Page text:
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Your debt doesn’t just disappear when you cross an ocean, so if you’re ready to live life in another country, you may need to jump through a few extra hoops to get your finances in order first.
Sending money overseas to your creditors is actually quite easy.
To get the necessary funds back to your home country you’ll need to send an international money transfer. There are three main ways to do this:
You can send the money from your foreign bank account to an account in your home country. This is usually the most convenient option (because you’ll already have an account set up and ready to go) but in many cases will also be the most expensive.
Companies such as Western Union and MoneyGram offer fast cash transfers from the US to hundreds of thousands of agent locations around the world. This is a good option if cash is an accepted form of payment and if you need to pay off your debt as quickly as possible.
If you want to find the most cost-effective way to transfer money overseas, specialist online transfer companies will usually win out. However, you’ll need to compare international money transfer providers to find the best exchange rates and lowest transfer fees.
We update our data regularly, but information can change between updates. Confirm details with the provider you're interested in before making a decision.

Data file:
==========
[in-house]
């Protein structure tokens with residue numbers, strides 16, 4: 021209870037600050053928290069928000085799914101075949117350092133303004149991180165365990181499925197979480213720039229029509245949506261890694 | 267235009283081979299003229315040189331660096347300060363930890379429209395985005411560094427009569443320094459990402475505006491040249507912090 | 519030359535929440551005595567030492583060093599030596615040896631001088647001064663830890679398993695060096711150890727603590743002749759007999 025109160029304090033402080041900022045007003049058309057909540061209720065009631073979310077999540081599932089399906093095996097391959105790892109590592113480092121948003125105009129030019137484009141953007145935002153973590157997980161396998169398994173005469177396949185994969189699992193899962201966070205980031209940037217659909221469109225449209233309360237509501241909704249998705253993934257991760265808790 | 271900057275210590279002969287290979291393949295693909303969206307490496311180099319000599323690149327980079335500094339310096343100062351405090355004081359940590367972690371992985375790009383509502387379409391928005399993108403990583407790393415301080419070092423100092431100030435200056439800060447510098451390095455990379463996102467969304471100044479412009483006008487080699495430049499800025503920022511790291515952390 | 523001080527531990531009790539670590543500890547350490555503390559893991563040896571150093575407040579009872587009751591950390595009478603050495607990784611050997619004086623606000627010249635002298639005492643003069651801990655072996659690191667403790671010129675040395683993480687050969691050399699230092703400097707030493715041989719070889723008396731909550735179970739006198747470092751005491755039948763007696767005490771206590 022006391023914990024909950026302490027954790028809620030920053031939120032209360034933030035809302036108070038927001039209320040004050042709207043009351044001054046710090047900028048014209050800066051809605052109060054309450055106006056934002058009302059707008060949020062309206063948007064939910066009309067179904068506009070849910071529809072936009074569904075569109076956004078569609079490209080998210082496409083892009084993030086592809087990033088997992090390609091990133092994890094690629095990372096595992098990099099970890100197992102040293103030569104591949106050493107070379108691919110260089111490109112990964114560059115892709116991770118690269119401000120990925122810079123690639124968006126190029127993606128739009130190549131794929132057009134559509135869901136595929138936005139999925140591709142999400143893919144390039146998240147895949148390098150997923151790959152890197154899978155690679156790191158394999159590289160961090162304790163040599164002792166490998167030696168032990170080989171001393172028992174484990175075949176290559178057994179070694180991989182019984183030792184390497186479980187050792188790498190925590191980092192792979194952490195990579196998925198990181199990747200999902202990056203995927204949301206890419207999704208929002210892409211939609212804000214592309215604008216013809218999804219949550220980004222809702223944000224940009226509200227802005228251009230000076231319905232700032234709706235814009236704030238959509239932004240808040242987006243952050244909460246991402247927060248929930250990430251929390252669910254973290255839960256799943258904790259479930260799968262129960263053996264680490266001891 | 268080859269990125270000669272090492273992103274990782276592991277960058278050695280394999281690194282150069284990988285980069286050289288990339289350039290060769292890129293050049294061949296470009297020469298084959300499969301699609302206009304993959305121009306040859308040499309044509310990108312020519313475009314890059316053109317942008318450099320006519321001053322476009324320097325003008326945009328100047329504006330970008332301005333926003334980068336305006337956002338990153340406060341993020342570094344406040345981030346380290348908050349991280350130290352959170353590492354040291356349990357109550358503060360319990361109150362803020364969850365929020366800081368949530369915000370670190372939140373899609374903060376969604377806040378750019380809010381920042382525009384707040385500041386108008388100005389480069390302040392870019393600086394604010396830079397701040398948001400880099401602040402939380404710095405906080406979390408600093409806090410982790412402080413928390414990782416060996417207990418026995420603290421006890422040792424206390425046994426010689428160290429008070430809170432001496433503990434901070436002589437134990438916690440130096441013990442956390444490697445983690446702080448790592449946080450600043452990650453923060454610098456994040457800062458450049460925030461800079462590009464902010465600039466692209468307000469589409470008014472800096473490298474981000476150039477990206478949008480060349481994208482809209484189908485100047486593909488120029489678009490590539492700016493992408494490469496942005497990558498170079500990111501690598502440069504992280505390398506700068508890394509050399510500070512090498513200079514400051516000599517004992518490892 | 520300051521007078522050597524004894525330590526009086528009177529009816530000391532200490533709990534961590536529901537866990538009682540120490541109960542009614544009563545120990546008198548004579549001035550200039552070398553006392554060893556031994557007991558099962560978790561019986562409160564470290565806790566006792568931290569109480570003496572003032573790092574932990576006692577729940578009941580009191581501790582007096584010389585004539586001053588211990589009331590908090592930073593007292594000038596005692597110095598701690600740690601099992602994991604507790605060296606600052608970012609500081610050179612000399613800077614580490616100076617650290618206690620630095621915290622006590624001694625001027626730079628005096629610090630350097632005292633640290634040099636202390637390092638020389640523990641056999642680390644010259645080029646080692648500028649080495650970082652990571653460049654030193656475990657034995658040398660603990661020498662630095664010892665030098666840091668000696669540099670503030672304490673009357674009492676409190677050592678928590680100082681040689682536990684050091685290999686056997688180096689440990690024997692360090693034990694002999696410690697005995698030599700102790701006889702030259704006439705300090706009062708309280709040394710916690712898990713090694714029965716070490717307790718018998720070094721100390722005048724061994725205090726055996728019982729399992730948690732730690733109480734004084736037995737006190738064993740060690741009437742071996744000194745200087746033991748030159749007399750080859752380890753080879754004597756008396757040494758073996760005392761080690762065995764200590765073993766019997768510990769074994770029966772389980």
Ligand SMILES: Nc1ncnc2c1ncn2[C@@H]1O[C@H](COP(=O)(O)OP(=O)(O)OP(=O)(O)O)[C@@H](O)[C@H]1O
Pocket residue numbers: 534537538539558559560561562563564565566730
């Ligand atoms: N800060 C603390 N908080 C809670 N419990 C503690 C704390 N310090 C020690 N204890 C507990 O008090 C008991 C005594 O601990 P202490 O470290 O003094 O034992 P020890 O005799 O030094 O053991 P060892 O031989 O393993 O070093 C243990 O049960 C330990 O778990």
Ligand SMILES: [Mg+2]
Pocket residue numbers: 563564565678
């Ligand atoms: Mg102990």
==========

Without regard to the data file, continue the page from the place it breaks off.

There are several factors you need to consider when choosing a company to handle your international money transfer, including:
Because debt is such a widespread part of life for many, it’s not unusual for people to owe money when they plan to move overseas. Some of the most common outstanding debts you might be facing include:
But despite the fact that you still owe money, sometimes life changes and you decide you want to move abroad. Whether it’s your career, romance or even a simple desire for adventure that prompts you to move to a different country, you can still do so even if you are in debt.Back to top
In many cases, your debt won’t stop you from leaving your home country and heading somewhere else, but that doesn’t mean you’ll be able to leave those old debts behind and start over with a clean slate. Of course, what will happen to your debt (and to you) will vary depending on a wide range of factors, including the amount you owe, who you owe it to and the laws in your home country surrounding debt repayment.
There are several potential outcomes, including:
Dealing with debt collectors can be a worrying and intimidating experience for many, but it’s something you may have to do if you want to get your finances back on track. The best approach is to be proactive and work out a reasonable and affordable agreement to help you pay back the money you owe. By showing that you are willing to work to pay off your debt as quickly as possible, you’ll take some of the sting out of the situation.
It’s also important to remember that you have rights when dealing with debt collectors to ensure that you are not harassed, intimidated or treated unfairly. Find out what those rights are in our guide on how to deal with debt collectors.Back to top
Handling debt while you’re overseas is a little more complicated, but the challenge is nothing insurmountable. If you need to transfer money to a creditor in another country, do your research to find the most competitive exchange rates and the lowest fees — and then relax knowing that even if it’ll take a while to pay your debt down, you’ve got it under control.
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